The working places are no longer the same, leisure activities are difficult if not impossible to practice, so many contacts are restricted. And the attempt to compensate for the lack of tangible human relations by a more intense online activity, does not make up for the emotional gap. On the contrary, it seems that this diminished form of human relationship that we experience online only increases the thirst for human presence, because virtual encounters never totally replace the experience of the physical presence of the other. For those who can’t even rely on that virtual social life given the lack of meaningful relationships in their lives, the consumption of information and entertainment online becomes a pitiful substitute for social life. In this context of isolation, loneliness and deprivation, the risk is great, among the most fragile, to develop an addiction or to suffer from mental illness.
If the pandemic has reminded us of one thing, it is how much we are relational beings. And if modern culture marked by individualism has long made us desire, cultivate and appreciate the value of autonomy, we are today able to measure the limits of personal independence as the ultimate ideal. Today's mass culture, which never ceases to proclaim the ideals of modern liberal philosophy and to promote them to us through the educational system, the Entertainment industries, and the Advertising agencies, is, in fact, focused on the affirmation of the self, the search for self, self-realization, the fulfillment of our dreams, etc.
In reality, the whole History of the Modern West can be read as a history of the emancipation of the individual from the group, be it the family, the nation or the Church. This ideal of emancipation is certainly a good one. Otherwise, it would not have appealed so much to the heart of man in the last centuries. Every human being is unique, and the sine qua non for the realization of each unique human destiny is to be able to freely use our strength, our intelligence, our wealth and our resources to accomplish what we feel called to do deep down. This inner impulse that leads us towards the full realization of our talents, the full realization of our dreams, sometimes comes up against external norms dictated by parental authority, social conformism, and the weight of old ecclesial traditions. And it is here that an internal law can appear as legitimately opposing external norms, to overturn them or at least reform them in the sense of a greater respect for the deepest aspirations of the human heart.
However, neither the parental rules, nor the culture of a country, nor the traditions of the Church can be reduced to something oppressive and freedom-killing. On the contrary, the environment offered to us by the family, the nation and the Church are, when properly taken care of and developed, the launching pad for the real growth and empowerment of the human person. The life of the group, while it has its own demands, and while it requires the individual to put himself at its service, and even to sacrifice himself for it in those tragic periods of history when it is threatened in its entirety, remains nonetheless the place of birth and growth of the human person.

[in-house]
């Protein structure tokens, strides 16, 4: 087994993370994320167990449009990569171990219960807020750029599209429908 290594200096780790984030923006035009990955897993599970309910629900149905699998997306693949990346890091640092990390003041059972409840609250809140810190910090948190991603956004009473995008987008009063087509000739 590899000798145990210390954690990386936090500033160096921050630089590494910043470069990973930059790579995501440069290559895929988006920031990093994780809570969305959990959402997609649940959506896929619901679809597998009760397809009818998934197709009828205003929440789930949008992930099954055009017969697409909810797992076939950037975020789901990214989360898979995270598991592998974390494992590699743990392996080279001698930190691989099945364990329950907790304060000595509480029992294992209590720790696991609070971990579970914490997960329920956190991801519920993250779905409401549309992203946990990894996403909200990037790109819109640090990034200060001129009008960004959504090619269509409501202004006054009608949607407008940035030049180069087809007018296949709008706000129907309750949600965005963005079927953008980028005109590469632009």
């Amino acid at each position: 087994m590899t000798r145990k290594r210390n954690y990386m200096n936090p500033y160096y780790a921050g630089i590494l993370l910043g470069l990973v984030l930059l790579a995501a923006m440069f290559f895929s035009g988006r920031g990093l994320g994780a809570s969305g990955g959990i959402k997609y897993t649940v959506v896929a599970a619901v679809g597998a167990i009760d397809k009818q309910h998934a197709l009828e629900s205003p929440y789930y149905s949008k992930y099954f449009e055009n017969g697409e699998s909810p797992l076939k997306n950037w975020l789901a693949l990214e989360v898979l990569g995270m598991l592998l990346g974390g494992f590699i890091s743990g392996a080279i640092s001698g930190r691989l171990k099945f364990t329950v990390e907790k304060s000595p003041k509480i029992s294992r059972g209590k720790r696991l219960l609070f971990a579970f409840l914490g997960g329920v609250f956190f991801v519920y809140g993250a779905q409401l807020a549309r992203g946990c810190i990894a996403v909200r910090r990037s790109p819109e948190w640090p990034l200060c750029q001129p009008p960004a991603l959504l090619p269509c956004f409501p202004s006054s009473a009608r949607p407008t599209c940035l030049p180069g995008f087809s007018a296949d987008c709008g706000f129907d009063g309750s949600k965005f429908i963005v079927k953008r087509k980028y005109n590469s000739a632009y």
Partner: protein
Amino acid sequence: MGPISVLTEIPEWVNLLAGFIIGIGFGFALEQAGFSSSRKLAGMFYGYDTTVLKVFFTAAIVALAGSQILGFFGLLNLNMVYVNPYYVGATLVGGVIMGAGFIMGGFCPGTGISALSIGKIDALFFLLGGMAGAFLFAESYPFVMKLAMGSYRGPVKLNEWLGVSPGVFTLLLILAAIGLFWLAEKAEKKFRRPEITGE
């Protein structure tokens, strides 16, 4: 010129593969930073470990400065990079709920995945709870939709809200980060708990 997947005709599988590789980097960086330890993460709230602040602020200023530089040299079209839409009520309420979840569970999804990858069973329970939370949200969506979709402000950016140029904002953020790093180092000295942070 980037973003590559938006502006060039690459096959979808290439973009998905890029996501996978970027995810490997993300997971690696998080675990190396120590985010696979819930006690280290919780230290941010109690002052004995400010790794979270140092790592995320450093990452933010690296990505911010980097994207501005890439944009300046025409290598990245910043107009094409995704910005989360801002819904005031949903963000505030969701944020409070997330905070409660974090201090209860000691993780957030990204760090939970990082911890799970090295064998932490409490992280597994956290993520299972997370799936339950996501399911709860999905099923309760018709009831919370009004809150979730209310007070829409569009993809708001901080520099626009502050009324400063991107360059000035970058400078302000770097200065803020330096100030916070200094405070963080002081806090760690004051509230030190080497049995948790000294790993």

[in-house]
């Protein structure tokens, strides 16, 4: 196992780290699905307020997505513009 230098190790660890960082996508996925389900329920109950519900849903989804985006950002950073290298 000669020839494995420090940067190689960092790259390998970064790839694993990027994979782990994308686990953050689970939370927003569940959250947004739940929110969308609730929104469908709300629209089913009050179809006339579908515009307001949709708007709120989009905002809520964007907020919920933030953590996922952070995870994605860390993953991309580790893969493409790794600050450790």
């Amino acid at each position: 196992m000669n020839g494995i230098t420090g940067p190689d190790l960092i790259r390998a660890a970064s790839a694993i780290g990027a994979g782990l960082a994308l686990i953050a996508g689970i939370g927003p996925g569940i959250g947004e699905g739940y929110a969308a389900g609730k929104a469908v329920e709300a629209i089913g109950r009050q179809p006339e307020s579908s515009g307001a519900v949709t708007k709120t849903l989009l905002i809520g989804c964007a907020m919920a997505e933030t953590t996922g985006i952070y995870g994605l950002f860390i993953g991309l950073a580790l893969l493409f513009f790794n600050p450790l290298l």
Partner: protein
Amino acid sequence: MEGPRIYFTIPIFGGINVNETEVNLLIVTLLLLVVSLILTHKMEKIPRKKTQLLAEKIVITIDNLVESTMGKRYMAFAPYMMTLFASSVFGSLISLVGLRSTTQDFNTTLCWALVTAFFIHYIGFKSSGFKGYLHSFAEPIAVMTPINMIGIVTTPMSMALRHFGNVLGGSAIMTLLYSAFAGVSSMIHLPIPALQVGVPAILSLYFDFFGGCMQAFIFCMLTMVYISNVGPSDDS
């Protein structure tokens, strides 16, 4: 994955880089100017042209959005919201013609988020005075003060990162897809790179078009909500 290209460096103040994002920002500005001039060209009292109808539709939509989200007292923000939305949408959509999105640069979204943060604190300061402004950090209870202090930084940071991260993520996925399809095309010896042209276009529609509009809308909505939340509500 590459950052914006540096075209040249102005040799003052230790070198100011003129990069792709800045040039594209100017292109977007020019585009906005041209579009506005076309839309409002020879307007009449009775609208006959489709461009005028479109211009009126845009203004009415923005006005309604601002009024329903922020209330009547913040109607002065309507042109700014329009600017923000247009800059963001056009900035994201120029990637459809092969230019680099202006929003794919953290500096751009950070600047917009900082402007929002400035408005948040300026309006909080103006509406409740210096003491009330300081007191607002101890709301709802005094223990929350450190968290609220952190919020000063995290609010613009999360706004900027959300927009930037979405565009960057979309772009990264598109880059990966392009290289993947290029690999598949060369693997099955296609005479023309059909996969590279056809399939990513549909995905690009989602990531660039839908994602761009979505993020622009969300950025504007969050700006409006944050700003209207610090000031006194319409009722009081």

Without family ties, without the specific culture of the nation, without the Tradition of the Church, the human person is incapable of structuring himself internally, nor of adopting viable social attitudes and behaviors. The group, be it family, nation, or Church, is the place where vital links are established between individuals and between generations, so that the treasure of humanity and holiness that we have received from our ancestors (and ultimately from God) can be effectively handed down by the elders and bear new fruits of wisdom and love in the youth. Then this youth becomes ready to assume its share of responsibility in the defense and development of the group. It is ready to take on the weight of the responsibilities once placed on the shoulders of their fathers and mothers.
From these few reflections, we can certainly retain this: that the group should not stifle the inner life and intimate aspirations of the individual. And that the aspirations of the individual must not unjustly jeopardize the cohesion of the group. How will this be done? The essential thing, I believe, is to ensure that the bonds that unite us, whether from near or far, as members of the same family, nation or Church, are bonds that both nourish the growth of the individual and strengthen the unity of the group. Ultimately, therefore, it all depends on the quality of the relationships we establish among us. And on our awareness that good relationships guarantee both the fulfillment of individuals and the continuity of the group. So let's learn how to cultivate good relationships, paying close attention to the people around us, but also to the social environment, considered globally, in which these people evolve.
We all know how difficult it is to maintain good relationships between members of the same family, nation, or church. The unity of a parish is also a constant challenge. It is here that, as Catholics, we need to have a renewed awareness of the immense importance of the mission of Jesus, who came to restore the broken bond between God and men and the bonds that unite people to one another in our common humanity.
Jesus is the way and the bond of unity. In his person, humanity and divinity are united in a mysterious but real way. That is why, in the deepest sense, he deserves the name Emmanuel. God with us (Mt 1, 23). Because In him, God is with us, human beings. And on this first reconciliation between God and man, all other reconciliations depend. And that is why the little child who will make Mary a mother, also deserves the name given to him by Isaiah: The Prince of Peace (Is 9, 6).
Blessed time of Advent to all.